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VIDEO: How the Malmesbury Missile destroyed the All Blacks

In February 2020 Pieter Stephanus du Toit suffered a leg injury that threatened to end his career just months after he was named World Rugby Player of the Year.


At the time Stormers doctor Jason Suter revealed the ‘medical emergency’, a haematoma that developed into an acute compartment syndrome, nearly resulted in the burly forward’s leg being amputated.

“It’s a medical emergency because if you don’t pick it up early they lose blood supply to the leg and they lose the leg.”

Move on three years, three surgeries and lots of hard work and Du Toit was the South African hero in the World Cup Final.

Pieter-Steph, as he is affectionately known, or the ‘Malmesbury Missile’ as Springbok coach Jacques Nienaber calls him, was named Man of the Match in South Africa’s 12-11 win over New Zealand in the World Cup Final at the Stade de France in Paris at the weekend.

Most pundits suggested his match-high 28 tackles did the trick.

And they certainly play a big part.


However, his five carries secured his team 36 positive metres, while he also made a team-high three dominant tackles.

(WATCH as Springbok coach Jacques Nienaber and captain Siya Kolisi speak about the Malmesbury Missile and his Man of the Match performance in the World Cup Final…)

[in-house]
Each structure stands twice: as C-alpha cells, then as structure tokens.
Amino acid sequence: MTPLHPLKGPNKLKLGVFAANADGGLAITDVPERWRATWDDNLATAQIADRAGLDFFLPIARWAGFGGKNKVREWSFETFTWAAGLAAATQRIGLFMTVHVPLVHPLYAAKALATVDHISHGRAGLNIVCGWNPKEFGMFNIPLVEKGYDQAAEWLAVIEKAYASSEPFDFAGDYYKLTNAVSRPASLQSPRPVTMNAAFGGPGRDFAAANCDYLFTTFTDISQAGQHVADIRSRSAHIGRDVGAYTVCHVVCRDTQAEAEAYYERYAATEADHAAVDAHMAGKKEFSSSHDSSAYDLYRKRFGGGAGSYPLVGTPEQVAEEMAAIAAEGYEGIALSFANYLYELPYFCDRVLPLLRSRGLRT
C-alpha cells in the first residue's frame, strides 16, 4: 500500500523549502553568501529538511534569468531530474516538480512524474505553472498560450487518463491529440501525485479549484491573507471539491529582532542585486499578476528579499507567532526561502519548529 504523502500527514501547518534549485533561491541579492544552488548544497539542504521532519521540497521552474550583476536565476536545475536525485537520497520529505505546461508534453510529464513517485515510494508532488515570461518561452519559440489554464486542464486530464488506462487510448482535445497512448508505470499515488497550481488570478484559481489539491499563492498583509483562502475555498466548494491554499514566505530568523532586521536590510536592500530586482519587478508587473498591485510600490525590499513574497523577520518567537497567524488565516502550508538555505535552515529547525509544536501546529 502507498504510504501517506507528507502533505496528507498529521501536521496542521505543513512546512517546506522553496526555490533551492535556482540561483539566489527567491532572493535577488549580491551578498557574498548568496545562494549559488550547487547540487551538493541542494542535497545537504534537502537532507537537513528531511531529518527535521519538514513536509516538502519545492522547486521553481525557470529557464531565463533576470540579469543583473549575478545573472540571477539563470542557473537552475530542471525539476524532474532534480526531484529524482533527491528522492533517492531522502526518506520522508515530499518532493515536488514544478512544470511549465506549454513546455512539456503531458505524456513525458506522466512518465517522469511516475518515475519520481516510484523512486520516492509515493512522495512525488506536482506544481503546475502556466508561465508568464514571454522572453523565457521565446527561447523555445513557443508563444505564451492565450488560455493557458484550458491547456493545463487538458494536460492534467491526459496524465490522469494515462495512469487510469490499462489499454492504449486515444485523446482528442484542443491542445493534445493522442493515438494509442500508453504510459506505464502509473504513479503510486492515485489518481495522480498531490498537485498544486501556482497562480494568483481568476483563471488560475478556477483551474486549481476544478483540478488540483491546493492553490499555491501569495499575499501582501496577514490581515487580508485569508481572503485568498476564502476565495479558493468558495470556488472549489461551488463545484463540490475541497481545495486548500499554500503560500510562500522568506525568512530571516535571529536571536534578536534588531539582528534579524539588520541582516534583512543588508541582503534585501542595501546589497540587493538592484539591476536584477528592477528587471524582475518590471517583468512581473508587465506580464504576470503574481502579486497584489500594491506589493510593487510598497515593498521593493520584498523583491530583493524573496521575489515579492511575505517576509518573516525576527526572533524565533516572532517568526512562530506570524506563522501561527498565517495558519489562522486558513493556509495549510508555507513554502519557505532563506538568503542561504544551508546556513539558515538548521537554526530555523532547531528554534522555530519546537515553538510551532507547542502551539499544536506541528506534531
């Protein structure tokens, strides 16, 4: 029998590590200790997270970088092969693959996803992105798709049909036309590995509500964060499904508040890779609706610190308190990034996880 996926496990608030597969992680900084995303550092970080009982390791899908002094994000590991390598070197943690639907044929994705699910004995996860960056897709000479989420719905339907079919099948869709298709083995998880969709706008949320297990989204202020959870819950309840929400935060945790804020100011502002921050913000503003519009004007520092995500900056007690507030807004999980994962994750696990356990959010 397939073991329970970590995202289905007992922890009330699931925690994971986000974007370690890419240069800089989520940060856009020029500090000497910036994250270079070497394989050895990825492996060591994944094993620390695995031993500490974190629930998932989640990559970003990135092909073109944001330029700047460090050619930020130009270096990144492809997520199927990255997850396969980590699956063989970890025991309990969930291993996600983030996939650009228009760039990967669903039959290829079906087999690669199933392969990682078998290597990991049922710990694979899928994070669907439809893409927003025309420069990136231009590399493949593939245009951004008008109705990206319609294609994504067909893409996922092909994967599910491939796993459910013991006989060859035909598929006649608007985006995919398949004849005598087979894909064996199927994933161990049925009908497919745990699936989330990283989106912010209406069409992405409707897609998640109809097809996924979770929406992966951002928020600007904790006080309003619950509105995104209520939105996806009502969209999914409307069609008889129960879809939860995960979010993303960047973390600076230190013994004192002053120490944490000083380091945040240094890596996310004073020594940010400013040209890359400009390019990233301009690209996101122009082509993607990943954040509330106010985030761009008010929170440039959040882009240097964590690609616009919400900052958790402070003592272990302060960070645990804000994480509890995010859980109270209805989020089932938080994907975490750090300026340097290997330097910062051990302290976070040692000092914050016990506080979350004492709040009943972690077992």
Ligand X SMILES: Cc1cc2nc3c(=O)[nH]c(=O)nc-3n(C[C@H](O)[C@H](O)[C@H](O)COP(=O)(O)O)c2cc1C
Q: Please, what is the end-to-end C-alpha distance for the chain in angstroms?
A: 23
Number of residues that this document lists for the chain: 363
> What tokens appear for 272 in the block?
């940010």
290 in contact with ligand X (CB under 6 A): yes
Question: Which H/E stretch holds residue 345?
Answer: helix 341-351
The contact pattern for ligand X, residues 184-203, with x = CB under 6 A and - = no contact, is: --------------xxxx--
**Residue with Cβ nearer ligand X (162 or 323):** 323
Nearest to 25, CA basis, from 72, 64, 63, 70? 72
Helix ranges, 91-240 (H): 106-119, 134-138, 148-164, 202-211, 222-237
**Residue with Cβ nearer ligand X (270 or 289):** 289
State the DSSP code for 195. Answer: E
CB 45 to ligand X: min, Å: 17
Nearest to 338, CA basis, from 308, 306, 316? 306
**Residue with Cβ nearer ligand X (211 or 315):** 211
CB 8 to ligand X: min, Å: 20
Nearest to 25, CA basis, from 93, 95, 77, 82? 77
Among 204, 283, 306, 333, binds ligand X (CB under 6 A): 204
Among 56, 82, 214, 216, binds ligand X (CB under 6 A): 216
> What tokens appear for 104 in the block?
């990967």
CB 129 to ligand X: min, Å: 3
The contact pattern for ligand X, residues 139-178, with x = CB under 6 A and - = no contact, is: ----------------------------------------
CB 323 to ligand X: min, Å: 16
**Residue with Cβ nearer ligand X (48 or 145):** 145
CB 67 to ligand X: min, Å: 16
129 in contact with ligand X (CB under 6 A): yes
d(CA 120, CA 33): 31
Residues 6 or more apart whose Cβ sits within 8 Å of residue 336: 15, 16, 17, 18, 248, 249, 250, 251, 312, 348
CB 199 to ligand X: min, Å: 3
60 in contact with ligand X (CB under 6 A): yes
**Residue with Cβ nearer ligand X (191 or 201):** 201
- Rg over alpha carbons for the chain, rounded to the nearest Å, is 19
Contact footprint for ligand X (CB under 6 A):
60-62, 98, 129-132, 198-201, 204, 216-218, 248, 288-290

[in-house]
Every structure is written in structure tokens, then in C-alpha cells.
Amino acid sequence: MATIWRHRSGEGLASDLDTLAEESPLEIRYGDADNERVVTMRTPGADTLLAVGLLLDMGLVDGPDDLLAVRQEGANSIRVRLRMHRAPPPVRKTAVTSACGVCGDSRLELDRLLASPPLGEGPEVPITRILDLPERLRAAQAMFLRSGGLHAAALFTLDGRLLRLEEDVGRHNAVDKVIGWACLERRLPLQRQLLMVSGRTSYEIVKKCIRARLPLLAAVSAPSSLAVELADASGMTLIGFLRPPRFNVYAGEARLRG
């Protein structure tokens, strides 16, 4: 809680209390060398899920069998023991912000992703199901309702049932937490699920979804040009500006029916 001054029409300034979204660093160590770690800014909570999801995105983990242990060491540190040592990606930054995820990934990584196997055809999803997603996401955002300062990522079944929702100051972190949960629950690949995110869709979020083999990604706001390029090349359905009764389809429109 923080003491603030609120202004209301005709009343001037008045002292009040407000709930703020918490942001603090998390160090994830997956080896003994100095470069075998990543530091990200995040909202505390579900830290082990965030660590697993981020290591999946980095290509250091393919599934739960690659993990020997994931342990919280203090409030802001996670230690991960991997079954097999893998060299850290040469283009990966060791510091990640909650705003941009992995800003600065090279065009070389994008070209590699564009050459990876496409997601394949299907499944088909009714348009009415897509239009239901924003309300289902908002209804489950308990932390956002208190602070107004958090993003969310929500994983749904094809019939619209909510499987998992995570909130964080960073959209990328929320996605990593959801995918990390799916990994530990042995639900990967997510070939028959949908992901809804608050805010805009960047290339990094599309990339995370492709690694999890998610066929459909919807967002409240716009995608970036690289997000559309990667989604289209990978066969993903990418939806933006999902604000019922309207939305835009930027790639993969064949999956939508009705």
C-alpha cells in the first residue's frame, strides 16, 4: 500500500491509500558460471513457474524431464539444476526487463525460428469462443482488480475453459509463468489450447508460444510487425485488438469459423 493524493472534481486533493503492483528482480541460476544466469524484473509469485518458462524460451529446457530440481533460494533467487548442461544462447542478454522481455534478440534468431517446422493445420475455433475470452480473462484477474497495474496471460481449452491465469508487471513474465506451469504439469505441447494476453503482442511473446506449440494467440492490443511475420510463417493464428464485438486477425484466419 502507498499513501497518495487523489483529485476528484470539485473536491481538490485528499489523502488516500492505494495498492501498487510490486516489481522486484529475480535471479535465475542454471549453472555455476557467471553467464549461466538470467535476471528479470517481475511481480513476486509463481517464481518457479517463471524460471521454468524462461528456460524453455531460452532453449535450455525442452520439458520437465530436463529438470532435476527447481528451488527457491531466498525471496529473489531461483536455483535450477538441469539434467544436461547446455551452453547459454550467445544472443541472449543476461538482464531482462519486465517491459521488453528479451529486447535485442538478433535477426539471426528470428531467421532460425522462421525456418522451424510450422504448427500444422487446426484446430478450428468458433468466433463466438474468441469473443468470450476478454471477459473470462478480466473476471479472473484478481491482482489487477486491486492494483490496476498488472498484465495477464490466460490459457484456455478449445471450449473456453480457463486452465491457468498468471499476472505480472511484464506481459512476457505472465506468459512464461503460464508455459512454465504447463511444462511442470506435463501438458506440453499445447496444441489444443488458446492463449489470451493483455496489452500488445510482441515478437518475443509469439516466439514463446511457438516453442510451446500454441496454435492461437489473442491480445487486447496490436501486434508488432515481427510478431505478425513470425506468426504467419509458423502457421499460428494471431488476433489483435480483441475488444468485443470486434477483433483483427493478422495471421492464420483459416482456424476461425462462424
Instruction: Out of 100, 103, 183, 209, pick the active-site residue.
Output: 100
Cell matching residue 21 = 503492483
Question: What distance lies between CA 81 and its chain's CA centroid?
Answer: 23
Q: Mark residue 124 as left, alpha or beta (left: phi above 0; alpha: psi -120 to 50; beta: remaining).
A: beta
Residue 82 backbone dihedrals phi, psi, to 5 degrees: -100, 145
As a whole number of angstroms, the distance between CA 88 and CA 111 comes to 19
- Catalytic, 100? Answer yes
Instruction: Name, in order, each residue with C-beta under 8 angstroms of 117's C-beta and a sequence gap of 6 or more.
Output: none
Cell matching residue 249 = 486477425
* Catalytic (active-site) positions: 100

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“He was phenomenal,” Nienaber responded, when asked about Du Toit’s performance in the Final in the French national stadium.

“Defence is my department and he was exceptional.

“I must say in the last couple of games, he wanted it desperately.


“Not only him, but everyone wanted it desperately.

“He put himself in the right positions.

“I always joke that if there’s a white plastic bag that blows over the field, he would probably chase that down as well.

“That is him.

“‘The ‘Malmesbury Missile’ – that’s what he was – he was like a machine.”


Springbok captain Siya Kolisi also heaped praise on his teammate, suggesting he was so enarmoured by Du Toit tackling that he just wanted to ‘stand and watch him play’.

“He has grown so much,” The Bok captain said of the teammate that came back from the career threatening injury three years ago.

“I wanted to [just] watch him – the hits that he was making.

“I was standing there and he was flying past me – making big hits.

“It is not only what he does on the field.

“He also takes it off the field.

“When we are down, how he speaks to us as a group.

“It was quiet in the change room. He got everyone up.

“He has taken that leadership role and backs it up with what he does on the field.”



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